The international monitoring body Financial Stability Board, or FSB, has proposed a comprehensive framework for cryptocurrencies aimed at addressing potential risks while “harnessing potential benefits of the technology.”
In an Oct. 11 report, the FSB opened a possible crypto regulatory framework to public comment including proposed policy initiatives, financial stability risks and the approach the group could use to establish guidelines for digital assets. According to the report, the FSB will submit proposed recommendations “to promote the consistency and comprehensiveness of regulatory, supervisory and oversight approaches to crypto-asset activities and markets” to the G20 finance ministers and central bank governors.
“Effective regulatory and supervisory frameworks should be based on the principle of ‘same activity, same risk, same regulation,’” said the FSB proposal. “Where crypto-assets and intermediaries perform an equivalent economic function to one performed by instruments and intermediaries of the traditional financial sector, they should be subject to equivalent regulation.”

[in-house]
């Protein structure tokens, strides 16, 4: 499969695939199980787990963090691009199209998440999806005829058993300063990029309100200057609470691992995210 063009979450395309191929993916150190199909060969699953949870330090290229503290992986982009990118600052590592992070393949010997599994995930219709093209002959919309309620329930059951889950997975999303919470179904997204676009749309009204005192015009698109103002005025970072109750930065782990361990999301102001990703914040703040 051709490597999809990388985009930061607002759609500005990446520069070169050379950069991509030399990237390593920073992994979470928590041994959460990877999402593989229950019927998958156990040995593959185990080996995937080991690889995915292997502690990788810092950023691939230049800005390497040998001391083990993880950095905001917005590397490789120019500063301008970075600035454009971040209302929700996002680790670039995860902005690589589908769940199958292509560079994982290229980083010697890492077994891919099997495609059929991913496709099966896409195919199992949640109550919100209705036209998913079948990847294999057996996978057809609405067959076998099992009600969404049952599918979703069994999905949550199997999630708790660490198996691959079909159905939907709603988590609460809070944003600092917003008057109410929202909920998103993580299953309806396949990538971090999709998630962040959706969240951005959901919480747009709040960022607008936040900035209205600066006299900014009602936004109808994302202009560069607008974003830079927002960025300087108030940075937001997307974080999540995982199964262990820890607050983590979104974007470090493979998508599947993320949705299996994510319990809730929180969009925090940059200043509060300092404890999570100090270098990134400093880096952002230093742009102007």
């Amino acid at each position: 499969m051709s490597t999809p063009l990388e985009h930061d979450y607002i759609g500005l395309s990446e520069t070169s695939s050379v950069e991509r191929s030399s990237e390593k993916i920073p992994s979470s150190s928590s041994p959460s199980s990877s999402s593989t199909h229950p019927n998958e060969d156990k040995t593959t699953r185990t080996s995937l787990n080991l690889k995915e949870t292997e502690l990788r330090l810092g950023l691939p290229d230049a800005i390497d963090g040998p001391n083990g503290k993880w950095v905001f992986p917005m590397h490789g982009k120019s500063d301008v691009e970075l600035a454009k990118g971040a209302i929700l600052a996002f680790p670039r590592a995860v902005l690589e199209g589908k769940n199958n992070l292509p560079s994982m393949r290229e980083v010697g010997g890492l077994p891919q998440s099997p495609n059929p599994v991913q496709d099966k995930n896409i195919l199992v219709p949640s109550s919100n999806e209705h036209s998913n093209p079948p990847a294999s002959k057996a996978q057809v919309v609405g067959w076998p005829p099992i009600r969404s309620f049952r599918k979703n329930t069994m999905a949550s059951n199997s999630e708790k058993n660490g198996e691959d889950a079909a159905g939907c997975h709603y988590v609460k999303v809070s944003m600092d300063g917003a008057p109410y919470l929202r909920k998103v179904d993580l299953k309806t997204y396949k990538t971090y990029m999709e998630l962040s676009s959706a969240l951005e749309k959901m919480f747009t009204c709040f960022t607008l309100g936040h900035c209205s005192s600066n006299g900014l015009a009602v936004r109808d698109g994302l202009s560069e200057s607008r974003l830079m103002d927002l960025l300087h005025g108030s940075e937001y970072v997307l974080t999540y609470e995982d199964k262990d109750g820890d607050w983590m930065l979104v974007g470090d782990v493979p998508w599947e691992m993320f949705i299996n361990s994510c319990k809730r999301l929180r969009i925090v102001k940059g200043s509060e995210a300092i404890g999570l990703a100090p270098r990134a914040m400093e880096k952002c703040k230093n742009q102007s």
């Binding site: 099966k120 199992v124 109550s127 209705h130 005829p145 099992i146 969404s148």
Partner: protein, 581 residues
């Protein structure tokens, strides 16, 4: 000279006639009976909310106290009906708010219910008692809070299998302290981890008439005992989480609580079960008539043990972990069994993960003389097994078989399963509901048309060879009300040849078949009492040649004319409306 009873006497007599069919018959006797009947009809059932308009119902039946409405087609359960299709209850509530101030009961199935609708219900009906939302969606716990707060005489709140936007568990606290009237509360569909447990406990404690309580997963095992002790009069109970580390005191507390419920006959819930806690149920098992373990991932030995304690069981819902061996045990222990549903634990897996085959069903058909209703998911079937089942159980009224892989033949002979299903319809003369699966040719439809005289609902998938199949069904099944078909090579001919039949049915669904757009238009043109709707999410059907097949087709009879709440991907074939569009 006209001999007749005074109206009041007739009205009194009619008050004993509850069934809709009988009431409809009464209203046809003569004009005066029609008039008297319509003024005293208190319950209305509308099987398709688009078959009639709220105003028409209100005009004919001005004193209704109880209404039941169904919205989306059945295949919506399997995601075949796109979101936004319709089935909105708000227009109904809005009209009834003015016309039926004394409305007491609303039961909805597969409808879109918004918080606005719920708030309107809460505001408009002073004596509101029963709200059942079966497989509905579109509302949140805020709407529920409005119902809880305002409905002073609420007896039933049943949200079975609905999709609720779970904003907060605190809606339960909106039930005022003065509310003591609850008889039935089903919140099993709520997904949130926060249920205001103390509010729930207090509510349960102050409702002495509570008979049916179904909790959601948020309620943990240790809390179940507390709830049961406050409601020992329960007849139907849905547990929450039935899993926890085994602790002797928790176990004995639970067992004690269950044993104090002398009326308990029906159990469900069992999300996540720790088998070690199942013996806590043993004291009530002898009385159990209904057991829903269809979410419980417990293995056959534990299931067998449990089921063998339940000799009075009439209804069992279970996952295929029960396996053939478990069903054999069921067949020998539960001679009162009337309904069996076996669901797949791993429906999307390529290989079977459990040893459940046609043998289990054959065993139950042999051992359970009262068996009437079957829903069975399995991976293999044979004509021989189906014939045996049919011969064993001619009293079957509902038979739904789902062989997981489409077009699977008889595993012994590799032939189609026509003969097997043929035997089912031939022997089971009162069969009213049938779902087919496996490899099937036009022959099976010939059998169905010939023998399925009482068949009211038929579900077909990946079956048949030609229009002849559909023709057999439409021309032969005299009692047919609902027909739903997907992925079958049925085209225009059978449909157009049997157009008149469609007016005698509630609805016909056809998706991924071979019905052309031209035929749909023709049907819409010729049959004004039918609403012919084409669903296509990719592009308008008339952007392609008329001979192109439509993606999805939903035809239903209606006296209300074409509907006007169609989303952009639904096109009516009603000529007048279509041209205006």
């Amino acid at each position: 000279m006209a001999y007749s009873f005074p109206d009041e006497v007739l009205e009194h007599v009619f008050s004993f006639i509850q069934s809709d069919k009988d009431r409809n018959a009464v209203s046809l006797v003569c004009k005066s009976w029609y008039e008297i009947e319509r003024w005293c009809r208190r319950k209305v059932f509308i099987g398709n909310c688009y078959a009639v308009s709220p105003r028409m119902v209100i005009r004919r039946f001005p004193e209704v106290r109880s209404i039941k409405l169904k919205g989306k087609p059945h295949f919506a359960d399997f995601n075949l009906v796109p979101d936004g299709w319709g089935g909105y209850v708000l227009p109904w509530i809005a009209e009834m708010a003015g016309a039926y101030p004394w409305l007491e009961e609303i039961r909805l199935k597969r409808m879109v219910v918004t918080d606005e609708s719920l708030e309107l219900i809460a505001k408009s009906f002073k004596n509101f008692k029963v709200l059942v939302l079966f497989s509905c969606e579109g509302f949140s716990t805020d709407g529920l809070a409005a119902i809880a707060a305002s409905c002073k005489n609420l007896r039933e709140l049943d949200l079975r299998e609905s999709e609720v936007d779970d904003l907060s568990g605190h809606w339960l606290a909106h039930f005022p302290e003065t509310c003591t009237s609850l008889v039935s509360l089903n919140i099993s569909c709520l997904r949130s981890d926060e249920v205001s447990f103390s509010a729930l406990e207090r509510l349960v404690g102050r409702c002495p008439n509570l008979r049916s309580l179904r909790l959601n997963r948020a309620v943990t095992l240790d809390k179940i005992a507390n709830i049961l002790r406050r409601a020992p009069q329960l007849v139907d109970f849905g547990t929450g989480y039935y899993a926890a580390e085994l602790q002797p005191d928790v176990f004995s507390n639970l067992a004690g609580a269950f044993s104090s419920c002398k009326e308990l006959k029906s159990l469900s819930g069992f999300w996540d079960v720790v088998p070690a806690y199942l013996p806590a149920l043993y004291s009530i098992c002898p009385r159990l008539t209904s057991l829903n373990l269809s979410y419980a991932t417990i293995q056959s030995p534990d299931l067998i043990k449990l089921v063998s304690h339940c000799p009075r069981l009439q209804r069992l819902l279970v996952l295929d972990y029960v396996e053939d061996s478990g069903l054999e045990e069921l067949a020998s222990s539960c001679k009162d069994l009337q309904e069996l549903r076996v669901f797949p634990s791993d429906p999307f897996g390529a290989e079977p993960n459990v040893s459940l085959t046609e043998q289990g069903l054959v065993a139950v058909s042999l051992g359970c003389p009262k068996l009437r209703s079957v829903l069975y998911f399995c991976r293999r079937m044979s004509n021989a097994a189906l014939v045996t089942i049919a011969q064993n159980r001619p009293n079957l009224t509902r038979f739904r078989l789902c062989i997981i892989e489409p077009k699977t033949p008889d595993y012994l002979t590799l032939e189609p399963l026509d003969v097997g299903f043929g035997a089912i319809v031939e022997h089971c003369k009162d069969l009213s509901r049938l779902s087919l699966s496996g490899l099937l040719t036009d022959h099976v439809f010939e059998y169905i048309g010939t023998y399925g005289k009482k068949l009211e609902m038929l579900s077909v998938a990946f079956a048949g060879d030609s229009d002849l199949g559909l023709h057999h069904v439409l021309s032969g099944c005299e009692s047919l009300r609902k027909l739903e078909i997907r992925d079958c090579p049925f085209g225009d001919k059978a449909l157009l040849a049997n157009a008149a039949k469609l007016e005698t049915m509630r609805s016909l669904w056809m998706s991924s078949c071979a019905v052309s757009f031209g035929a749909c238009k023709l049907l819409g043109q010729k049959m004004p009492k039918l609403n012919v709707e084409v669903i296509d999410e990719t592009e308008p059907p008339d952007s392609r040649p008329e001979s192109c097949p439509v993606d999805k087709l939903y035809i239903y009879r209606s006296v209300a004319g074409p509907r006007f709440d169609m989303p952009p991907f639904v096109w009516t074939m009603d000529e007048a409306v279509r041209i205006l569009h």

The board also targeted stablecoins in its report, suggesting a review of recommendations established in October 2020. Members of the public have until Dec. 15 to submit comments on the proposals.
We have published a proposed framework on the international #regulation of crypto-asset activities and welcome feedback on our recommendations.— The FSB (@FinStbBoard) October 11, 2022
Find out more: https://t.co/aV81LdByWf#FinancialStability #cryptoassets #stablecoins pic.twitter.com/2VFMVIMRiZ
In an accompanying letter to the G20 dated Oct. 3, FSB chair Klaas Knot cited recent “turmoil in crypto-asset markets” behind the group’s recommendations:
“The current ‘crypto winter’ has reinforced our assessment of existing structural vulnerabilities in these markets. Concerns about the risks they pose to financial stability are therefore likely to come back to the fore sooner rather than later, as are public expectations that policymakers have in place a robust international framework to identify, monitor and address those risks.”
Established under a G20 summit in 2009, the FSB has members representing institutions from 25 jurisdictions, including financial regulators, central banks and ministries of finance. However, the board largely has no enforcement authority over the entities, instead acting as an advisory body.